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Driving Down a New Road: New Energy Vehicles in China’s Green Transition

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Driving Down a New Road: New Energy Vehicles in China’s Green Transition

China is driving down a new road, emerging at the forefront of the NEV market.

Driving Down a New Road: New Energy Vehicles in China’s Green Transition
Credit: Wikimedia Commons / Warren Whyte

China has rapidly emerged at the forefront of the new energy vehicles (NEV) market — not by choice, but by necessity. As the largest carbon emitter in the world, lowering energy emissions from transportation is a core part of its war against pollution. The Chinese government mandated that by 2025, one out of every five cars sold in China must run on alternative fuel. Transportation accounts for 10 percent of China’s greenhouse gas (GHG) emissions so transforming this sector could have an important impact on reducing the country’s carbon emissions. Beyond the production mandates, innovative green finance mechanisms could be applied to NEVs, or electric car sales to encourage the intended results of promoting sustainability.

In the past three years, China has emerged as a trendsetter in the growing field of green finance. Since China launched its green bond market in late 2016, it has grown to be one of the world’s largest at $36.4 million. The national carbon market, established in December 2017 with trading in just one industry — power — has already eclipsed the European Union’s carbon exchange in operation since 2005. China added green finance to the agenda of the G20 under its leadership in 2016 to help create the international framework for sustainable finance.

Yet it is in the practical application of this innovative financing where we can see the most immediate effect. China entered the global market too late to be an effective competitor in the in traditional auto manufacturing, but it has leapfrogged this slowing industry to lead the development and manufacturing of NEVs. Just last year, manufacturing grew by 53.8 percent. It has accomplished this growth through a combination of government policy, and financial incentives, a potent combination that increased both demand and greater production of electric cars.

On government policy, the Chinese leadership has made environmental protection one of its top three priorities for the next five years, and development of the NEV market is an essential part of that strategy. Electric cars are seen as an important part of reducing GHG emissions, but even more importantly, are an important part of China’s efforts to champion domestic manufacturing in leading edge technologies.

In addition to becoming a leading NEV manufacturer, China is also a leader in the manufacturing of the all-important battery packs that power certain NEVs. The Chinese firms, BYD and CATL, are two of the top five global manufacturers of the lithium batteries required to power these electric vehicles.

Policies at the local level have also made a difference. In an effort to reduce smog in Beijing, for example, the mayor of Beijing has instituted a quota system for license plates to limit traffic congestion, with an annual increase in the number being allocated to NEVs. This year, the city will issue more plates to owners of electric cars than traditional vehicles. Shanghai is also following suit so it is no surprise that NEV usage is rising in these major hubs.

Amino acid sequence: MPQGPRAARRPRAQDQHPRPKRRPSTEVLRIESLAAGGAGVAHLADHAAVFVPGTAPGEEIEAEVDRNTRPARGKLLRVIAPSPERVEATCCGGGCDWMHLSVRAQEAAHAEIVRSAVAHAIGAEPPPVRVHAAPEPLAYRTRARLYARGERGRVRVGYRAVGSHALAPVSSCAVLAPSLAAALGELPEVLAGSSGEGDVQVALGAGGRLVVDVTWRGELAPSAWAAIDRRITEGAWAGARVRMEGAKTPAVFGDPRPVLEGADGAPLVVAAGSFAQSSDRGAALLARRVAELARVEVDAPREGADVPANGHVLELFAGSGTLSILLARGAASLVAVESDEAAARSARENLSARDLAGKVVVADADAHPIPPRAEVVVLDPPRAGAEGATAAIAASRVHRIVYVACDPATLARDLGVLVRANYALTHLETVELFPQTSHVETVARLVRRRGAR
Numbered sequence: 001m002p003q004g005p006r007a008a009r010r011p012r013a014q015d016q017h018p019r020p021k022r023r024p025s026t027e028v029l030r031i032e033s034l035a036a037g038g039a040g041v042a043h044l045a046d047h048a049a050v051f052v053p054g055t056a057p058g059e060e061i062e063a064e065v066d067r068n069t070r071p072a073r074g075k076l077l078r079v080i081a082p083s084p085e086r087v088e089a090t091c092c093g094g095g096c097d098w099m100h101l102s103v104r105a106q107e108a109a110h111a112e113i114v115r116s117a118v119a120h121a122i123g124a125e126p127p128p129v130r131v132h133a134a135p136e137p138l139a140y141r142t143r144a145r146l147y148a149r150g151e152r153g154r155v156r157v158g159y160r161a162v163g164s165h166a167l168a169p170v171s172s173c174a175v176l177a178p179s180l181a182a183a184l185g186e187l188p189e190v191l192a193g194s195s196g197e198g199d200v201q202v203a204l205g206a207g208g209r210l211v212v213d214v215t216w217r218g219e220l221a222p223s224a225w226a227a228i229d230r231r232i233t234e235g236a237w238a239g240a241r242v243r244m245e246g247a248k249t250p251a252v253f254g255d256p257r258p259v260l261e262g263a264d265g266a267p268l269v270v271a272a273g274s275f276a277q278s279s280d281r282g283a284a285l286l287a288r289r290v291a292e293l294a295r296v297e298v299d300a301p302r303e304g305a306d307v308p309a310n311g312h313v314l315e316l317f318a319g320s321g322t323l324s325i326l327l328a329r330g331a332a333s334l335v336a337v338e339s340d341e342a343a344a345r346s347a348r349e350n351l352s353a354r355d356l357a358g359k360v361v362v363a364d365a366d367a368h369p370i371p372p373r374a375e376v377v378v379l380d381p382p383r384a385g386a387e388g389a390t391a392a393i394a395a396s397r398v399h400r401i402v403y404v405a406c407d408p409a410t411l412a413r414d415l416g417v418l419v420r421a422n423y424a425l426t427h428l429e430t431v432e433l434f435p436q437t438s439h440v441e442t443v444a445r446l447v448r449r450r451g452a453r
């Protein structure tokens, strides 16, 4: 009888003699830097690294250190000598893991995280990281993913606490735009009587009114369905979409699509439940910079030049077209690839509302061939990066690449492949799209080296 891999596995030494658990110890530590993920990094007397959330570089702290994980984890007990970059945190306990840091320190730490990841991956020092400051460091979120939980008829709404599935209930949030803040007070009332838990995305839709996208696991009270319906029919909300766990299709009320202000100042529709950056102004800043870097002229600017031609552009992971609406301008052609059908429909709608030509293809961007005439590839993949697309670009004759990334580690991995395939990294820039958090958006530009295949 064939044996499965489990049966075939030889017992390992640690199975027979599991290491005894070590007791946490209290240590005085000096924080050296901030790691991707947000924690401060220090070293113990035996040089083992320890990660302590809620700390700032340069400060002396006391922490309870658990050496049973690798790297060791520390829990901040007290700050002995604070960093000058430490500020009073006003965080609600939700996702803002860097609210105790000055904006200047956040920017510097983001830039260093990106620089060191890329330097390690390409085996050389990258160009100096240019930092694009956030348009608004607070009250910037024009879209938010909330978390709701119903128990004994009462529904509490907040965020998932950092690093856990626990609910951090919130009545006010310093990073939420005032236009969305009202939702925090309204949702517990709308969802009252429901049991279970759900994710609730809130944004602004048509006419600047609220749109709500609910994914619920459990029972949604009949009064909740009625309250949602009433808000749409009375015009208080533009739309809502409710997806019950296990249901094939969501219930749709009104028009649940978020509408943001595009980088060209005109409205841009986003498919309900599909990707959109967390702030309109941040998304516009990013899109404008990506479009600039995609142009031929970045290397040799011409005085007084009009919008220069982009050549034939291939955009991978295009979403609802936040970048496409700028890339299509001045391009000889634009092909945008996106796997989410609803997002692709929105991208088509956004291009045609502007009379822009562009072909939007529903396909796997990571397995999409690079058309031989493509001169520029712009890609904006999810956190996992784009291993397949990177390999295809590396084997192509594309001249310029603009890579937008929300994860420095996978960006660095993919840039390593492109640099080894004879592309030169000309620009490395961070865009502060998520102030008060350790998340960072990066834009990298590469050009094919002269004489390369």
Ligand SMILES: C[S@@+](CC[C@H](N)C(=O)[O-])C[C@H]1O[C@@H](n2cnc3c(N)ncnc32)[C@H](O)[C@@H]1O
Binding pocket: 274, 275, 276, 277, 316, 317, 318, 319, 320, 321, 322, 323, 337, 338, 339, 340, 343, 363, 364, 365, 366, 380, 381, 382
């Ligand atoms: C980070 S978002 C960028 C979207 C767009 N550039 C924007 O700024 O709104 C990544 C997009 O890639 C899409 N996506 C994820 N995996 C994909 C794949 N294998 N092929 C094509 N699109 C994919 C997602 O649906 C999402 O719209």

Domestic consumers were originally skeptical of electric cars, and it was not until the Chinese government launched a program of green finance — in the form of subsidies for their purchase — that the NEV sales started to rise. These subsidies come in two forms: national and local. At national level, electric cars with a range of over 250 km on a single charge were able to receive subsidies up to 44,000 yuan (around $6,500) with a purchase. At the local levels, authorities could provide up to 50 percent of the national government grant. In Beijing, for example, subsidies could reach over 60,000 yuan (around $10,000).

Given the rise in purchases of these energy saving vehicles, the government has decided to phase out these subsidies by 2020. There was an initial concern that NEV purchases would drop as a result, but early indications are that sales will continue to rise. However, in order to maintain that growth, manufacturers have cut prices. BAIC expected a 60 percent drop in profits in the first six months of 2016, for example, as it was one of few major electric car manufacturers to lower their prices in response to the phase out of subsidies in order to maintain sales. BAIC saw their NEV sales double in the first six months after the subsidies were reduced as a result of their price reduction.

Electric vehicle usage in China has hit a tipping point. While not solely related to green finance, it has played an important role in driving behavioral change leading to the overall rise in electric car purchases – as well as the dominant role that China is playing as a manufacturer. Clearly, in the case of NEVs, it demonstrates the important role that green finance can play in supporting goals to achieve greater energy efficiencies and reduction of China’s carbon footprint.

Deborah Lehr is Vice Chairman of the Paulson Institute and CEO of Basilinna, a strategic consulting firm.